American Airlines has filed fresh papers in its antitrust suit against Sabre in the US, raising the stakes by claiming the technology company “used its market power to hinder the sales of tickets on American flights”.
In its latest filing, American accuses global distribution system (GDS) Sabre of using “anticompetitive contract terms, discriminatory refusals to deal, punitive bias actions and secret collusive boycott agreements . . . to unlawfully maintain its monopoly control.”
The carrier says: “Sabre not only engaged in unlawful behaviour, but served as the ring leader in a classic hub-and-spoke conspiracy.” The documents suggest that as early as 2006, “Sabre demanded terms that impede American’s ability to develop ‘direct connect’ alternatives to the GDSs”.
American’s lawyers argue that in January this year, not only did Sabre implement “system-wide biasing of its display of American’s fares and flight data” – which led to the original lawsuit – but also: “Sabre was secretly organising a group boycott.”
Sabre is the biggest GDS in the US and largest seller of American flights in the carrier’s home market, accounting for $7.7 billion in sales of American Airlines’ flights in 2010.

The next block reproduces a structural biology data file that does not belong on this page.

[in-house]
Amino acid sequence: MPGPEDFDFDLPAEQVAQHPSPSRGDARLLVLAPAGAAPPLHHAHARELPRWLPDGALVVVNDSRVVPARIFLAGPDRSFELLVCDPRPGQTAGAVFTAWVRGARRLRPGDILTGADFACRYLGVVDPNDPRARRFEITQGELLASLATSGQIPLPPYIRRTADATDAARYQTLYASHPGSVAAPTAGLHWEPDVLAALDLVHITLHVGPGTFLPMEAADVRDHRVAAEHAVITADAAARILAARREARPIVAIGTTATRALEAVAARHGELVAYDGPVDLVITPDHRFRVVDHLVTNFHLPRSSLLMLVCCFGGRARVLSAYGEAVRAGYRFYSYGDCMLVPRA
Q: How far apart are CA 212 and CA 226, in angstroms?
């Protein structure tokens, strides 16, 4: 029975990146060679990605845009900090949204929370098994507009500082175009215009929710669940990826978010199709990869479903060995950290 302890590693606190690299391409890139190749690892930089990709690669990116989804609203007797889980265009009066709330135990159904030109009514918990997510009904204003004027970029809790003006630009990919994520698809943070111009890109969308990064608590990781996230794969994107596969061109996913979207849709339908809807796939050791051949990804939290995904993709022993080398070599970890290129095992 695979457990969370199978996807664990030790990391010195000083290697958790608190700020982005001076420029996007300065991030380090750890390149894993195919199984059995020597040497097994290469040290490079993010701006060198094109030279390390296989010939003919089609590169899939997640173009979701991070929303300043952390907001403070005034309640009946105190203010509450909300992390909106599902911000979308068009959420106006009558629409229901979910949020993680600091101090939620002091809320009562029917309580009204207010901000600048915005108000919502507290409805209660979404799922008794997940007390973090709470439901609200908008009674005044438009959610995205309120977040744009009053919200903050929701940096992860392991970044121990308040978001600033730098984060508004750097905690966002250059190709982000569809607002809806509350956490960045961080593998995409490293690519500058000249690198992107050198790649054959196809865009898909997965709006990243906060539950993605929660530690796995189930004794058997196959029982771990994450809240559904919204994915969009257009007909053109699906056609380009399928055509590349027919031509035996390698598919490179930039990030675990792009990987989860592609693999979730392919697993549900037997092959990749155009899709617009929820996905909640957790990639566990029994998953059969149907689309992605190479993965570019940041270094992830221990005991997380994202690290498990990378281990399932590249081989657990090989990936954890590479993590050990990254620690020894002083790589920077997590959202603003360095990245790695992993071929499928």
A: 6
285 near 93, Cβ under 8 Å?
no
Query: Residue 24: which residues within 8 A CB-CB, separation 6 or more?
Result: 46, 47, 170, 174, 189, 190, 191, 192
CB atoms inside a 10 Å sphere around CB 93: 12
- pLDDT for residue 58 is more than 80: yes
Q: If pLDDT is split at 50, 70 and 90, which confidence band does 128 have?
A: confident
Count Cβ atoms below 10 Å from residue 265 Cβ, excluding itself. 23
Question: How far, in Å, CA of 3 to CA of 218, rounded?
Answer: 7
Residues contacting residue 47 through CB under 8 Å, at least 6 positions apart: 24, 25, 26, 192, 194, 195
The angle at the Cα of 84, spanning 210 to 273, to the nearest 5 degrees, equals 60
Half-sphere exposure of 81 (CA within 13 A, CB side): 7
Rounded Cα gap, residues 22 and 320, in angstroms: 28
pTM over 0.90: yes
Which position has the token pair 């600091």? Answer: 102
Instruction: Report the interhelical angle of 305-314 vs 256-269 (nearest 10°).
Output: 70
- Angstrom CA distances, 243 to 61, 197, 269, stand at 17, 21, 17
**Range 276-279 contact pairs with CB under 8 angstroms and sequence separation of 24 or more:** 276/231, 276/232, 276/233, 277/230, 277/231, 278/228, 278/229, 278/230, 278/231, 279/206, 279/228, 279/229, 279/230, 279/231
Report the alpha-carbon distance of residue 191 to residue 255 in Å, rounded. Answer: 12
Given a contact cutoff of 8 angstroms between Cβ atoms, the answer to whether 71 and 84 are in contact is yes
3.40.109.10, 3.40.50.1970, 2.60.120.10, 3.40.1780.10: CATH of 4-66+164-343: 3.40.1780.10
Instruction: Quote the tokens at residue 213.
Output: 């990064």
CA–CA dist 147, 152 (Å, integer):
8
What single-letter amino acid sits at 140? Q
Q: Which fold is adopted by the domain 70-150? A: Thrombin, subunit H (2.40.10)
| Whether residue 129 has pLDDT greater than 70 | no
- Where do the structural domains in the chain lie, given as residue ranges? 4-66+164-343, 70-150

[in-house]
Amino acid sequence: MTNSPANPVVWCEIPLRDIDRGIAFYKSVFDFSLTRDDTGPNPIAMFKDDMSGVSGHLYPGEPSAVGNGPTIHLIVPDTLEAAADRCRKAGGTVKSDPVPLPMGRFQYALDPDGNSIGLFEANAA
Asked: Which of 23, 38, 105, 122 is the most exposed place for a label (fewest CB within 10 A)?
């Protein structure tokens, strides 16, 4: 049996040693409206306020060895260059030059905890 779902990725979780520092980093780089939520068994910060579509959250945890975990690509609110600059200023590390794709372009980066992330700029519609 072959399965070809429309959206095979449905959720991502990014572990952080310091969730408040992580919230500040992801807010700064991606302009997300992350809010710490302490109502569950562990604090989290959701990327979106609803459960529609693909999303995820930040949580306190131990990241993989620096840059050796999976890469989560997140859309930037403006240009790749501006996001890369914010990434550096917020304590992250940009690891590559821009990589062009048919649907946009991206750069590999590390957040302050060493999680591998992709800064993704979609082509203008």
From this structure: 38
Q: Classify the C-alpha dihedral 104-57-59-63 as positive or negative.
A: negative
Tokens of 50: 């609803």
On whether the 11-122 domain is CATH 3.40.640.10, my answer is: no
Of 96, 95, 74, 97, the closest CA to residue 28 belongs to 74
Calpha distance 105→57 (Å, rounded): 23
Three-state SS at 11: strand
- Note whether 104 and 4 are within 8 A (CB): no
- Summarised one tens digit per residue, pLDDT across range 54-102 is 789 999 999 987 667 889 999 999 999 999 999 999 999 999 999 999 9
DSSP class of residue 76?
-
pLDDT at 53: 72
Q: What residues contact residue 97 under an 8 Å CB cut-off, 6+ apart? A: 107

A spokesman for American said: “We believe evidence will show that, among other illegal behaviour, Sabre has used its market power to inflict harm on American by hindering the sale of tickets on American flights. The sole purpose was to preserve its monopoly position by deterring American and others from continuing to pursue cheaper, more flexible means of distribution.”
Sabre has filed a counter antitrust claim against American, arguing that: “American is unlawfully forcing travel agencies, travel management companies and corporations to take its Direct Connect product in order to access the airline’s full fare information.
“American Airlines is attempting to eliminate the GDSs . . . by refusing to provide complete fare information to GDSs and by forcing travel agents to use its direct connect product instead of GDSs.”
Sabre Travel Network senior vice president Chris Kroeger said in June: “Sabre has no choice but to pursue legal remedies. Having failed to gain market acceptance of its Direct Connect product, AA chose to go outside the bounds of fair competition.”
The case, filed in a Texas state court, is not expected to reach a conclusion until next year. In the meantime, American and Sabre have extended their existing full-content agreement so that American fares remain available via the Sabre GDS. The deal had been due to expire at the end of August.
American is also engaged in antitrust litigation in the US with Travelport, owner of the Worldspan and Galileo GDSs.
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